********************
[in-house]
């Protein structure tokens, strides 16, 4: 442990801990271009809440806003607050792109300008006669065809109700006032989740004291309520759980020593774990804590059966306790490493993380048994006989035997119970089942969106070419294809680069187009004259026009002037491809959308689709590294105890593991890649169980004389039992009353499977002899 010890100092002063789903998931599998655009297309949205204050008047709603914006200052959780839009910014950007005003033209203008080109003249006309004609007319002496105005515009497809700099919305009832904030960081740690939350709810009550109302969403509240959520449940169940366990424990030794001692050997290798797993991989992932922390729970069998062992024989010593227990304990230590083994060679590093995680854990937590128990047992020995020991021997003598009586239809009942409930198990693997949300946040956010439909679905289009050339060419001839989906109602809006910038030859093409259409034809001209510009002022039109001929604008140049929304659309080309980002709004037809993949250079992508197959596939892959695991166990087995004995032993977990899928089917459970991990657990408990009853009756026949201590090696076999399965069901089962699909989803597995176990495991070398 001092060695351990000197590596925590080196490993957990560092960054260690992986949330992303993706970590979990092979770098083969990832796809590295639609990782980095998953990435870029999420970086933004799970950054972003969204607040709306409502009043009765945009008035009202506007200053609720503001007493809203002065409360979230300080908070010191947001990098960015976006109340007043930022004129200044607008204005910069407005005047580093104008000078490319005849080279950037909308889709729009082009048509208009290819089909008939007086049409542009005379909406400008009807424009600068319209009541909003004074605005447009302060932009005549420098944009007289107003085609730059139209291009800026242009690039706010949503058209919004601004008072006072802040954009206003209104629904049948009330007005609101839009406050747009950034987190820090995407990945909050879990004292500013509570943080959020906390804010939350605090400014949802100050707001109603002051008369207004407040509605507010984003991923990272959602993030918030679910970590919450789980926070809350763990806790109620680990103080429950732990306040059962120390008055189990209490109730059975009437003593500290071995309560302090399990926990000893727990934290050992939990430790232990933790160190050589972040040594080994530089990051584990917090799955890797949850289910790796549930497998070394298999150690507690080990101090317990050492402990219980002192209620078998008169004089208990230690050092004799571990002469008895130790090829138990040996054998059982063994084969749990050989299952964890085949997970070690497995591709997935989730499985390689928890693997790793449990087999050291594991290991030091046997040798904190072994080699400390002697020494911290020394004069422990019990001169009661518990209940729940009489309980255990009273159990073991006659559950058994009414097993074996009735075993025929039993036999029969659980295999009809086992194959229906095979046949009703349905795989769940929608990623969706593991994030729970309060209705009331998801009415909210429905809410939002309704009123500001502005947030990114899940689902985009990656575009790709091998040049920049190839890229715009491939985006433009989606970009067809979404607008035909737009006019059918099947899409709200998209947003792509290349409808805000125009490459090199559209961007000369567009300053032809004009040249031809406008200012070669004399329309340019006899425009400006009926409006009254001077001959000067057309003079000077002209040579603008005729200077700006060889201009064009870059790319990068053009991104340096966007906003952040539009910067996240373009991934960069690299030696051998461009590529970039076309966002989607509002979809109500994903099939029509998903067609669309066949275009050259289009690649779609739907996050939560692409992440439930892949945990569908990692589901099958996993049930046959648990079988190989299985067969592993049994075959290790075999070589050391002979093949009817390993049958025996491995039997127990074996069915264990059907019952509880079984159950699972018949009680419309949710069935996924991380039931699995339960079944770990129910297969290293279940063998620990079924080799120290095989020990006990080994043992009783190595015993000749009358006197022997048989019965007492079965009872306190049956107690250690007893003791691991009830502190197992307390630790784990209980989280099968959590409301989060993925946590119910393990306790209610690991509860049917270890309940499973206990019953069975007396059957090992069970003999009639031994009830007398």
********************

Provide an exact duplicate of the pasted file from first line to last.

[in-house]
């Protein structure tokens, strides 16, 4: 442990801990271009809440806003607050792109300008006669065809109700006032989740004291309520759980020593774990804590059966306790490493993380048994006989035997119970089942969106070419294809680069187009004259026009002037491809959308689709590294105890593991890649169980004389039992009353499977002899 010890100092002063789903998931599998655009297309949205204050008047709603914006200052959780839009910014950007005003033209203008080109003249006309004609007319002496105005515009497809700099919305009832904030960081740690939350709810009550109302969403509240959520449940169940366990424990030794001692050997290798797993991989992932922390729970069998062992024989010593227990304990230590083994060679590093995680854990937590128990047992020995020991021997003598009586239809009942409930198990693997949300946040956010439909679905289009050339060419001839989906109602809006910038030859093409259409034809001209510009002022039109001929604008140049929304659309080309980002709004037809993949250079992508197959596939892959695991166990087995004995032993977990899928089917459970991990657990408990009853009756026949201590090696076999399965069901089962699909989803597995176990495991070398 001092060695351990000197590596925590080196490993957990560092960054260690992986949330992303993706970590979990092979770098083969990832796809590295639609990782980095998953990435870029999420970086933004799970950054972003969204607040709306409502009043009765945009008035009202506007200053609720503001007493809203002065409360979230300080908070010191947001990098960015976006109340007043930022004129200044607008204005910069407005005047580093104008000078490319005849080279950037909308889709729009082009048509208009290819089909008939007086049409542009005379909406400008009807424009600068319209009541909003004074605005447009302060932009005549420098944009007289107003085609730059139209291009800026242009690039706010949503058209919004601004008072006072802040954009206003209104629904049948009330007005609101839009406050747009950034987190820090995407990945909050879990004292500013509570943080959020906390804010939350605090400014949802100050707001109603002051008369207004407040509605507010984003991923990272959602993030918030679910970590919450789980926070809350763990806790109620680990103080429950732990306040059962120390008055189990209490109730059975009437003593500290071995309560302090399990926990000893727990934290050992939990430790232990933790160190050589972040040594080994530089990051584990917090799955890797949850289910790796549930497998070394298999150690507690080990101090317990050492402990219980002192209620078998008169004089208990230690050092004799571990002469008895130790090829138990040996054998059982063994084969749990050989299952964890085949997970070690497995591709997935989730499985390689928890693997790793449990087999050291594991290991030091046997040798904190072994080699400390002697020494911290020394004069422990019990001169009661518990209940729940009489309980255990009273159990073991006659559950058994009414097993074996009735075993025929039993036999029969659980295999009809086992194959229906095979046949009703349905795989769940929608990623969706593991994030729970309060209705009331998801009415909210429905809410939002309704009123500001502005947030990114899940689902985009990656575009790709091998040049920049190839890229715009491939985006433009989606970009067809979404607008035909737009006019059918099947899409709200998209947003792509290349409808805000125009490459090199559209961007000369567009300053032809004009040249031809406008200012070669004399329309340019006899425009400006009926409006009254001077001959000067057309003079000077002209040579603008005729200077700006060889201009064009870059790319990068053009991104340096966007906003952040539009910067996240373009991934960069690299030696051998461009590529970039076309966002989607509002979809109500994903099939029509998903067609669309066949275009050259289009690649779609739907996050939560692409992440439930892949945990569908990692589901099958996993049930046959648990079988190989299985067969592993049994075959290790075999070589050391002979093949009817390993049958025996491995039997127990074996069915264990059907019952509880079984159950699972018949009680419309949710069935996924991380039931699995339960079944770990129910297969290293279940063998620990079924080799120290095989020990006990080994043992009783190595015993000749009358006197022997048989019965007492079965009872306190049956107690250690007893003791691991009830502190197992307390630790784990209980989280099968959590409301989060993925946590119910393990306790209610690991509860049917270890309940499973206990019953069975007396059957090992069970003999009639031994009830007398």